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Morning markets: crops keep up resistance against bears

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Can the weekend come soon enough?

Certainly not for those with long positions in anything looking vaguely like a risk asset.

The fears over eurozone and US debt levels, and US and global economic growth, which have put "double dip recession" firmly back into everyday jargon and turned this week into something of a bloodbath for risk assets, showed no signs of abating.

Asian shares continued the round of stock market declines, with Tokyo's Nikkei index closing down 3.7% (just short of the Dow Jones industrial average's 4.3% tumble over night), while Shanghai stocks were 2.2% lower in late deals.

External mayhem

Sure, the


was not behaving quite so firmly, adding a modest 0.2% to Thursday's gains of approaching 2% as investors ran for the cover of what is, ironically termed a safe-haven asset.

But dollar-denominated commodities, which tend to move inversely to the greenback on grounds of export competitiveness, dipped nonetheless.

West Texas Intermediate


for September delivery was down 2.4% at $84.57 a barrel, as of 07:40 GMT (08:40 UK time), the lowest for a spot contract since November.

And, on metals markets,


tumbled 4.2% in Shanghai, where




touched limit down.

Data later

Will the sell-off continue? Much depends, short-term, on US jobs data due later.

"The US economy stands at the forefront of market concerns about growth. If the July employment report ratifies the view that the US recovery remains barely above stall speed, there is more selling to be done," Barclays Capital said.

And that looks the agenda for farm commodities too, without something truly momentous in the way of weather or trade.

"Emotion is becoming a bigger factor, and I am leery of how these markets may react, if the jobs number is bearish," Brian Henry at Minneapolis-based crop broker Benson Quinn Commodities said.

Limited declines

That said, crops were once again proving relatively firm, against the toll of damage listed above.

"With extreme pressure in outside markets, it was a miracle


wasn't limit down" in the last session, Mike Mawdsley at Market 1 said.

And the December lot, even after falling a further 1.0% to $6.94 ¼ a bushel, remained above some moving average lines, providing some hope of further resistance to decline. The nine-day is at $6.90 a bushel, and 20-day at $6.80.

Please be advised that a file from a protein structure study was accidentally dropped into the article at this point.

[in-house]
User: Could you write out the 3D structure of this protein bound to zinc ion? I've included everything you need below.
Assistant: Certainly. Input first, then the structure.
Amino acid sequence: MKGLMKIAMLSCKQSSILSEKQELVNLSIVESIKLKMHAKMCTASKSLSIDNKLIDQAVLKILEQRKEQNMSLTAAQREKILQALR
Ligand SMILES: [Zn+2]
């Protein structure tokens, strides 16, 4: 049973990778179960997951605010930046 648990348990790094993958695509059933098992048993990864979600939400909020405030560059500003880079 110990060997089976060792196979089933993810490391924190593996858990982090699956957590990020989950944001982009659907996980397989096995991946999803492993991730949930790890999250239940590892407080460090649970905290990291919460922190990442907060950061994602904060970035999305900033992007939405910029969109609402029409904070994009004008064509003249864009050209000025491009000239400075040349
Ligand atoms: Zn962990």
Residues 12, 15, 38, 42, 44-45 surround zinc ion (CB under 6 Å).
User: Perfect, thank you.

dipped 1.3% to $13.27 ½ a bushel for November delivery, given some help by Thursday's data showing US export sales of the oilseed up 82% week on week to 1.09m tonnes new crop (the figure for last harvest soybeans was negative), the best figure since January.

'Quality issues'



for September looked positively musclebound in dropping a modest 0.5% to $6.78 ¼ a bushel in Chicago for September delivery, no thanks to farm officials in Western Australia, who issued a reminder of the better prospects for 2011 production in Australia's top-grain growing state, following "ideal" weather last month.

"Crops throughout the region are looking excellent with no major issues threatening yields at this stage," the briefing said.

Mr Henry also reminded on the quality problems for US spring wheat, following the wet spring which has put vomitoxin back on the agenda too.

"The quality issues in the northern plains will continue to plague the Minneapolis futures contract as delivery specifications are not very stringent," he said.

And Minneapolis hard red spring wheat indeed proved less resolute, dropping 1.0% to $8.14 ¾ a bushel for September delivery.

'Demand to resurface'

In New York,


was, relatively, firm too, down 1.0% at 103.84 cents a pound, if failing to repeat its contrarian, positive move of the last session.

"Expectations of US cotton crop downgrades next week and poor Indian monsoon rains last week could explain the positive performance in the cotton market," Luke Mathews at Commonwealth Bank of Australia said.

"As long as the global economy doesn't meltdown, we believe that physical demand is likely to resurface around current prices," he added.

'Near-term bearish pressure'

But, further afield,

palm oil

could not even keep up with oilseed complex peer soybeans, falling 2.1% to 3,036 ringgit a tonne, and earlier coming within an ace of setting a nine-month low.

"We remain fundamentally bullish on palm oil prices from current levels, on expectations of an eventual pick-up in demand from China and India, firmer grain and energy prices and a moderation in fresh-fruit bunch yield in the second half of 2011," Standard Chartered said.

"Nevertheless, we expect upside to be limited by still-strong output and large stocks," the bank added, noting that "near-term bearish pressure [is] building".


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